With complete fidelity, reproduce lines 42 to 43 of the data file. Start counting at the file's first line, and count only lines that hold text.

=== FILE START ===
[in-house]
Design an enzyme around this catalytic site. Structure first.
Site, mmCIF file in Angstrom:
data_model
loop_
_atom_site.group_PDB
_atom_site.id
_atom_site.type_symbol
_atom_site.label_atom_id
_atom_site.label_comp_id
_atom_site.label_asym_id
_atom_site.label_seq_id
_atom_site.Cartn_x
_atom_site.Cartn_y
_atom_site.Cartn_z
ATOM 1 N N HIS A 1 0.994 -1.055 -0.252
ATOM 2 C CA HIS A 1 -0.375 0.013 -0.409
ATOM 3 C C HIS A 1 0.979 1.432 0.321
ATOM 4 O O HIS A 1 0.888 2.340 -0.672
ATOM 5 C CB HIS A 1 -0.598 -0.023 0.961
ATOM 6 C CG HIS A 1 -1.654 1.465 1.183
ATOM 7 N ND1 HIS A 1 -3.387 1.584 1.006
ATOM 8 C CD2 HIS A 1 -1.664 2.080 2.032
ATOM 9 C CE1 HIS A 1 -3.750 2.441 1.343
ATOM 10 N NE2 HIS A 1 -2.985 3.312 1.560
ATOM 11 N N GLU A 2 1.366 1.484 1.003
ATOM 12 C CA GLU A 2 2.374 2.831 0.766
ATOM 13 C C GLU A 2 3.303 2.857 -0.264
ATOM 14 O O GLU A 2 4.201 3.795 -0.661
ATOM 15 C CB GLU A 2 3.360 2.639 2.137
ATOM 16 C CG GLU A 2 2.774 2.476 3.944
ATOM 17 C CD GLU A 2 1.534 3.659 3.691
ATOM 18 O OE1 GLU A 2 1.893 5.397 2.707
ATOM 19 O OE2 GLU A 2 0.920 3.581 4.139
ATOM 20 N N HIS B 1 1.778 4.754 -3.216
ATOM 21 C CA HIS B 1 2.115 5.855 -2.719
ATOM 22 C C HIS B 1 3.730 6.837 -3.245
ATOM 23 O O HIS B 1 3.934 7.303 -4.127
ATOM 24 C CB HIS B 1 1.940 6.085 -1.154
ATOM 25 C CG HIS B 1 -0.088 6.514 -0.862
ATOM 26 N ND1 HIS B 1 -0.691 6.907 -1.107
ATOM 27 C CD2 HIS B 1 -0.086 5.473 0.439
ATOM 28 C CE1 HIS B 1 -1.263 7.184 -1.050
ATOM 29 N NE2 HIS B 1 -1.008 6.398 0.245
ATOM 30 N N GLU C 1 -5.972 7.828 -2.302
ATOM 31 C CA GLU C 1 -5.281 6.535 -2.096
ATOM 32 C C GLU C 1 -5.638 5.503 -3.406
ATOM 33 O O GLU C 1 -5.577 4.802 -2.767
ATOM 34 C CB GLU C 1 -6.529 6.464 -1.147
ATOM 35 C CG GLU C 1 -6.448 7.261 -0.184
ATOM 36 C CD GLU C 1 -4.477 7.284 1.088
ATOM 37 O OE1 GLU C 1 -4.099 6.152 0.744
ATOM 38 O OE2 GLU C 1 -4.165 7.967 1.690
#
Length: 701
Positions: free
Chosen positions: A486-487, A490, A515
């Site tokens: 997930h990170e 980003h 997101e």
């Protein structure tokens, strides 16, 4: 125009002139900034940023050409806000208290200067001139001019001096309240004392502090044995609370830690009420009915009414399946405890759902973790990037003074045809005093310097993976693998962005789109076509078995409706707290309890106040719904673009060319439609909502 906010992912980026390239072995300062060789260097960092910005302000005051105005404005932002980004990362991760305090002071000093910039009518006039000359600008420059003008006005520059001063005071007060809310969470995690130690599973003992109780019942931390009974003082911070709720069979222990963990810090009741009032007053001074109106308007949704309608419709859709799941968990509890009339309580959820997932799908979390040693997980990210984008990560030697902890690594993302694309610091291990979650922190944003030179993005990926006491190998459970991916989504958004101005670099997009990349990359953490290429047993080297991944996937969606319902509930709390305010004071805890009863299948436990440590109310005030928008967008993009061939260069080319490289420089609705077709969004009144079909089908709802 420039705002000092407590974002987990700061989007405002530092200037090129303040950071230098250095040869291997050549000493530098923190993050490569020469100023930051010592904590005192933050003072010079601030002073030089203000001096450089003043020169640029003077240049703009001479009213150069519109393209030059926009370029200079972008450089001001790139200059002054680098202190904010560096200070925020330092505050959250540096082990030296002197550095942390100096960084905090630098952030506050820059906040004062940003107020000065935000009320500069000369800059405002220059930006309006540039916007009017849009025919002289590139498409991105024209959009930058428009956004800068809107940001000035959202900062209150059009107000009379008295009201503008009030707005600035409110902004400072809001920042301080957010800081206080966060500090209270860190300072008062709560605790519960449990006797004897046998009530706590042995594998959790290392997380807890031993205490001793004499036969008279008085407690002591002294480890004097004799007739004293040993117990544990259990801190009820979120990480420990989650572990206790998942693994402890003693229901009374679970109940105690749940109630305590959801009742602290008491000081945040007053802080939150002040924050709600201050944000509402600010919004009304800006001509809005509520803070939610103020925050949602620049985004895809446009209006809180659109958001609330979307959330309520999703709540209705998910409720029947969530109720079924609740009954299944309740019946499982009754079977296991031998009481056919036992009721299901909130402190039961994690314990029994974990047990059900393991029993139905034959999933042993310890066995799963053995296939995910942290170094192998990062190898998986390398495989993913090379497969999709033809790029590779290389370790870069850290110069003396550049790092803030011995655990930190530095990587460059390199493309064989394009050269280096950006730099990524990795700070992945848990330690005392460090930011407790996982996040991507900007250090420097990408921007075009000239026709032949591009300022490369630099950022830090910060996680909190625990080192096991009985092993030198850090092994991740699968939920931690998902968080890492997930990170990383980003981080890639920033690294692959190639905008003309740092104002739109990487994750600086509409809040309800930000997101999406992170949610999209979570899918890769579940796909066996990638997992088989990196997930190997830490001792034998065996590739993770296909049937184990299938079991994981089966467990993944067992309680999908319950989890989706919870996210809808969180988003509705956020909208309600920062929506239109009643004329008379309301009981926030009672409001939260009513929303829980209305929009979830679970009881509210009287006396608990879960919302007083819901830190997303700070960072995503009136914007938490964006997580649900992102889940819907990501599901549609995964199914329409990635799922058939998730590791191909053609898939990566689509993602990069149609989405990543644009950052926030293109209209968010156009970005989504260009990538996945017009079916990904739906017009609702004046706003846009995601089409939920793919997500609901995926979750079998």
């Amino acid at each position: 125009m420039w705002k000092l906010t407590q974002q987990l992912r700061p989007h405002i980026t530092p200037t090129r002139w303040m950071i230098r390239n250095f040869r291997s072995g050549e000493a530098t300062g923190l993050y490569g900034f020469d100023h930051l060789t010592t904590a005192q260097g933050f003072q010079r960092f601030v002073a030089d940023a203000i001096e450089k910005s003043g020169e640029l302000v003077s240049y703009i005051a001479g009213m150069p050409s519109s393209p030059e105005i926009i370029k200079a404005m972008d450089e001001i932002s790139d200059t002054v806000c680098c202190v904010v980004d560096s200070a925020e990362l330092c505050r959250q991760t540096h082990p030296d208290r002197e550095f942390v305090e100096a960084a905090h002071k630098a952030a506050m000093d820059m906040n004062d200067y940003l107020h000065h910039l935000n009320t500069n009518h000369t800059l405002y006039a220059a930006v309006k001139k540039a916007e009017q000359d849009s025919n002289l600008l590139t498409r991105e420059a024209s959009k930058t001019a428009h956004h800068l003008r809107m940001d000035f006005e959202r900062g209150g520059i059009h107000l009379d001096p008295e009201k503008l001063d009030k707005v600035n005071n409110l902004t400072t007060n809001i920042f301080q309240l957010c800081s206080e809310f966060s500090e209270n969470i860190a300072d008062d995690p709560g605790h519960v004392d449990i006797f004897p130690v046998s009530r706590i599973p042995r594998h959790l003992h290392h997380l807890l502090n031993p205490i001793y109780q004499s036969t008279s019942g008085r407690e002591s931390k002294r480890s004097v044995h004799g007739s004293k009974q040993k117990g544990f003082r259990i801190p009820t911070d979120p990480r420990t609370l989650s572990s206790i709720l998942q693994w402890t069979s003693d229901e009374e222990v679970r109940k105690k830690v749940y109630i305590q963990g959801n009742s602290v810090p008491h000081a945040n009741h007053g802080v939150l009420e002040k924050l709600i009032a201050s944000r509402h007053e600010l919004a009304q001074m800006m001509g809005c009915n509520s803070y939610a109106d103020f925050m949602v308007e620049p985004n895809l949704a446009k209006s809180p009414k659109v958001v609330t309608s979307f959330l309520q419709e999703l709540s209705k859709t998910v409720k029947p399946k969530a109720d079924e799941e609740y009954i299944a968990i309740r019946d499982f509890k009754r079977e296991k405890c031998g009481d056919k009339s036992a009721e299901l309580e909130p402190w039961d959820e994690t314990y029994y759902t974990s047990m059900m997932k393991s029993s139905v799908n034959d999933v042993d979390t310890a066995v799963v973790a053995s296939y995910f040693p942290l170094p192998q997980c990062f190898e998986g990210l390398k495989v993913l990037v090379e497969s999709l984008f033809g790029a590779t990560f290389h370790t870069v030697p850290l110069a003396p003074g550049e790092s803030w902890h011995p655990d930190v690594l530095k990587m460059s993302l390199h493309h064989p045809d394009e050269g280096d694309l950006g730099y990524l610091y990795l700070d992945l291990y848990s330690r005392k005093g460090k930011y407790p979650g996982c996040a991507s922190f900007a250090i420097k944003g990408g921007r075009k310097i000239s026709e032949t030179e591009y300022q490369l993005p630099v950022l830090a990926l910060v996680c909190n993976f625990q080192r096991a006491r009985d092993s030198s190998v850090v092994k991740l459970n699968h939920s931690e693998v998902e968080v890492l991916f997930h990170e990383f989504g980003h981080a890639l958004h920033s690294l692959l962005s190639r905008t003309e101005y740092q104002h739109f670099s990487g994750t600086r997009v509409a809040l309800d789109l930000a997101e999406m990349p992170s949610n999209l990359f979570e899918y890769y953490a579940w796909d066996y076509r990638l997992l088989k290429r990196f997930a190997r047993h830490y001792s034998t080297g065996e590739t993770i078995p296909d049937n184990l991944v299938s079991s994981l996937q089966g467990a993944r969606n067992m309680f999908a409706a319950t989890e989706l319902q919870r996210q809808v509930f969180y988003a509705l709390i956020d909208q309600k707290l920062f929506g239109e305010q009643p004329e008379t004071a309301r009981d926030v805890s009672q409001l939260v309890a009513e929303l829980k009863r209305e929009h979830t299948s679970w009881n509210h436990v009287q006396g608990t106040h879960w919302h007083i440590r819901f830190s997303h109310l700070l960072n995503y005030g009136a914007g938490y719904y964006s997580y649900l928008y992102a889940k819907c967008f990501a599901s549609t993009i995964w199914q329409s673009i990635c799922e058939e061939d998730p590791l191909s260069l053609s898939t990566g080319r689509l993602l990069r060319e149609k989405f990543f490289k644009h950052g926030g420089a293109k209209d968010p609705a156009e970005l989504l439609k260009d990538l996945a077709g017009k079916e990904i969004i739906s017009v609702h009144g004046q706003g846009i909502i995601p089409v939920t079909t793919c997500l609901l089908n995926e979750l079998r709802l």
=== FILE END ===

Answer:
ATOM 27 C CD2 HIS B 1 -0.086 5.473 0.439
ATOM 28 C CE1 HIS B 1 -1.263 7.184 -1.050